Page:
9. Fear, Emptiness, Despair
For traditional grind fans who stuck with Napalm Death through the decidedly more death metal shift of Harmony Corruption and the Mick Harris-less Utopia Banished, this is probably where things got wonky and they started to jump ship. Fear, Emptiness, Despair is not a bad death metal album at all. In fact, it's a pretty good death metal album. It’s just not what you would have expected from Napalm Death if you were a fan forged in the late ‘80s or early ‘90s. The blast beats come farther apart and there’s more emphasis on writing perceptible song structures than there is on savaging the legacy of hardcore. The art, which nods back to the famous Amebix face, hinted at the crust that still lurked in Napalm Death’s core, but now that was being hammered in the forge of death metal to create a perverse new alloy that maybe wasn’t to everyone’s taste.
Diatribes represents a confounding transitional album for Napalm Death. On one hand, it boasts some of the best songs that particular lineup ever crafted in “Greed Killing,” “Corrosive Elements” and “Cursed to Crawl.” But it was also hampered by a glossy, too clean production job that was almost poppy, sapping the band of any bass heft and neutering their rage. Now I remember the mid-‘90s and, in retrospect, we can all acknowledge it was an…odd…period for Western civilization. But whoever told Napalm fucking Death that green and purple would be an appropriate color scheme needs to have what little is left of their taste slapped right out of their mouth. Also videos apparently demanded random Asians? But to get a proper appreciation of these songs, seek out one of Napalm Death’s later BBC sessions where they just ripped “Greed Killing” live. Mitch Harris was down with the flu so Jesse Pintado handled the whole song solo and killed it. It’s rather poignant when you think about what would happen to him in the next decade.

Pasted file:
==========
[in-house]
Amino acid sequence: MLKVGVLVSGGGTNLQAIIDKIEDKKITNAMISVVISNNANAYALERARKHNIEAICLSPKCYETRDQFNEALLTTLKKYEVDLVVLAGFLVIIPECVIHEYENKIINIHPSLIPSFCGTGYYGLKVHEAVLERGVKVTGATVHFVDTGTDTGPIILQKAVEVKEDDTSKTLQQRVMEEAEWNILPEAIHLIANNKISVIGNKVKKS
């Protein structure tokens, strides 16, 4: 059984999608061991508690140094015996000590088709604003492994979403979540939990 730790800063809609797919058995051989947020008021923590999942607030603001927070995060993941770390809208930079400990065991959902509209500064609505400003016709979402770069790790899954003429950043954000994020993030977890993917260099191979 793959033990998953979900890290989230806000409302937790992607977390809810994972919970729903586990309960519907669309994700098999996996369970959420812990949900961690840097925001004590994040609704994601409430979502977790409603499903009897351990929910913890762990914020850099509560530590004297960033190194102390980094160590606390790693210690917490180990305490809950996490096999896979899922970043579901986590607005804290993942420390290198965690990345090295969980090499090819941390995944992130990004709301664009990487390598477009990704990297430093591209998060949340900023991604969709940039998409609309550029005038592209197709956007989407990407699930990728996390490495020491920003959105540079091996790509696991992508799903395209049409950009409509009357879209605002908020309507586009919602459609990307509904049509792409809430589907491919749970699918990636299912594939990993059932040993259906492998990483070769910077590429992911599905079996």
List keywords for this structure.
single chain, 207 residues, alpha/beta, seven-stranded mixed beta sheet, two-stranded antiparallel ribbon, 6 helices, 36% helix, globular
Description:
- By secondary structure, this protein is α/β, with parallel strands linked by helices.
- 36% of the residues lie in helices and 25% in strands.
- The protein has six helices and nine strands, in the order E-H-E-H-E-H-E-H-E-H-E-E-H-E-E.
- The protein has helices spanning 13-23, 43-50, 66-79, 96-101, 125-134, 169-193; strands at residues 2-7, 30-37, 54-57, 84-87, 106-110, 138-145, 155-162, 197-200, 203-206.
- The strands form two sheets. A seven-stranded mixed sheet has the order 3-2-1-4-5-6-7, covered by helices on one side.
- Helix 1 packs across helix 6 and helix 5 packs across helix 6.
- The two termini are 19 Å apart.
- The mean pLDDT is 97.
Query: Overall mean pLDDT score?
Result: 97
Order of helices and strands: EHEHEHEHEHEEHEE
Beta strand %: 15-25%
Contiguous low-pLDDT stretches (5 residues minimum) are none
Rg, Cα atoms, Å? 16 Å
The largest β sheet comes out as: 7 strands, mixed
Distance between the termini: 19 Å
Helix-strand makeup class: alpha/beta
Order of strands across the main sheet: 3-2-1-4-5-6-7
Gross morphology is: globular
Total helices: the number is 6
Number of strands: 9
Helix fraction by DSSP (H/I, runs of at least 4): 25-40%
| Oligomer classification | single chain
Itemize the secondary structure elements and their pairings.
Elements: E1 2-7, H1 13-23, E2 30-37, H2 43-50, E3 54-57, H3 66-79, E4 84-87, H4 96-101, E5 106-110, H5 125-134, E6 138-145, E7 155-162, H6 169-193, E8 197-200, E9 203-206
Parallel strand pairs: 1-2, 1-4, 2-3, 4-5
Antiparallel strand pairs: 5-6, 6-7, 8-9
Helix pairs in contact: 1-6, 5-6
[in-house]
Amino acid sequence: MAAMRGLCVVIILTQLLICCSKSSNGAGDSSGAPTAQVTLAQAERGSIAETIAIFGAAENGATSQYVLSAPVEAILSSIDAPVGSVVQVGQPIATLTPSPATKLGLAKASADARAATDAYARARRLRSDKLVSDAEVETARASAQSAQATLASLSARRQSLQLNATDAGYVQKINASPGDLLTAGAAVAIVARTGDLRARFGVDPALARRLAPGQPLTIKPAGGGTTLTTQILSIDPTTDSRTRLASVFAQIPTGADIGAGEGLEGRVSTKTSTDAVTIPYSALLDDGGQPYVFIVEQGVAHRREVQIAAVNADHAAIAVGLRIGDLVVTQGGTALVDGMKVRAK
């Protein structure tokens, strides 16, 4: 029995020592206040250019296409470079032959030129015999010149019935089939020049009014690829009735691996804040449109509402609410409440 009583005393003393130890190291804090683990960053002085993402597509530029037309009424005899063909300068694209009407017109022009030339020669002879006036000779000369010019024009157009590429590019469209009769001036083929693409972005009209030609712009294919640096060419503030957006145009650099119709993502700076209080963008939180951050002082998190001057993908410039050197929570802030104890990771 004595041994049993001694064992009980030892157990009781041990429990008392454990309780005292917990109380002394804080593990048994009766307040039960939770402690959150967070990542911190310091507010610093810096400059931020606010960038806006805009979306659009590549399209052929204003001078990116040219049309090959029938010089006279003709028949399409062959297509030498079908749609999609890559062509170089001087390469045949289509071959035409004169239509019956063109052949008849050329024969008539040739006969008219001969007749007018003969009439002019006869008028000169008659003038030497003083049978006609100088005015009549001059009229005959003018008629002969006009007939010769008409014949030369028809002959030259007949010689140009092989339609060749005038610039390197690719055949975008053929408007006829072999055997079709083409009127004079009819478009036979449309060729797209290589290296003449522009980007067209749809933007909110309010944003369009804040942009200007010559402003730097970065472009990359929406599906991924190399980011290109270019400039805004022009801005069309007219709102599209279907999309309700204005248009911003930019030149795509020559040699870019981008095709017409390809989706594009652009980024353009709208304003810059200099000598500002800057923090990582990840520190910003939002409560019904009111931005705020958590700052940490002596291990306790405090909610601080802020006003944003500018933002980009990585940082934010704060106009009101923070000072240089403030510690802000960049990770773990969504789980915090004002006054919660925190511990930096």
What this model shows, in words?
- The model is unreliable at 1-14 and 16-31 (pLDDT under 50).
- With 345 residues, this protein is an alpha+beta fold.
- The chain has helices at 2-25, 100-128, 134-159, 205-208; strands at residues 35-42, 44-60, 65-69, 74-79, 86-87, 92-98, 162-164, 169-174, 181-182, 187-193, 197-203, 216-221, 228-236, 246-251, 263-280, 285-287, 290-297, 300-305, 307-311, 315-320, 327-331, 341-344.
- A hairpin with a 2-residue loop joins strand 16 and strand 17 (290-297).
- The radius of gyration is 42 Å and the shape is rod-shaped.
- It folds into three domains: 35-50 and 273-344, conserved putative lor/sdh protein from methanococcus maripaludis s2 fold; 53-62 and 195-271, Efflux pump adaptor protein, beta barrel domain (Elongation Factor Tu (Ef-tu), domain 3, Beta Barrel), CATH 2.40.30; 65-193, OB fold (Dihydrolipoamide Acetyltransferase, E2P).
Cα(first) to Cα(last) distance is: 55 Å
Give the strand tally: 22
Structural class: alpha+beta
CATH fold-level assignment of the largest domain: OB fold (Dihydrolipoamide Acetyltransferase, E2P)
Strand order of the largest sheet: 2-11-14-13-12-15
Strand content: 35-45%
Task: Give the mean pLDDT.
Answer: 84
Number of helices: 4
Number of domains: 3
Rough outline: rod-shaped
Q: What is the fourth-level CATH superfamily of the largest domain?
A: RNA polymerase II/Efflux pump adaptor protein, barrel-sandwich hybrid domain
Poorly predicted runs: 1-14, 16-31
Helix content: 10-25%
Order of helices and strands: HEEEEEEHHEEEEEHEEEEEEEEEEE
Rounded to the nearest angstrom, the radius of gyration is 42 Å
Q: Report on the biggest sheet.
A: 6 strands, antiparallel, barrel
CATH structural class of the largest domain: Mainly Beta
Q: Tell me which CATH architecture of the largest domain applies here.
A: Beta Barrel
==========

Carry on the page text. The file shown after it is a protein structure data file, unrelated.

7. Words From the Exit Wound
Napalm Death’s Earache kiss off Words From the Exit Wound is an underappreciated effort, reveling in the sound that they should have captured for Diatribes with another handful of punked out death metal songs that hit like cannons. Actual bass tones, what a novel concept! Songs like “The Infiltraitor” were the kind of explosive detonations fans had come to expect from that lineup and that era of the band. But then, in a harbinger for strangeness to come, Napalm Death also threw in a few curveballs like the slow build landmine of “Next of Kin to Chaos,” the odd “Trio-Degradable/Affixed by Disconcern” and the first hints of the Gregorian chanting vocals that would sneak into plenty of their later efforts. Words From the Exit Wound is an all around strange little critter and that’s part of its perverse charm. You could tell Napalm Death were feeling restless, ready to cut ties with the label that had made them and suddenly there were no more barriers. Anything could be tried. Wearing my spiffy Words From the Exit Wounds concert tee at a show in DC in 1999 once got me groped by a metal celebrity. But that’s a story for another day.
6. Order of the Leech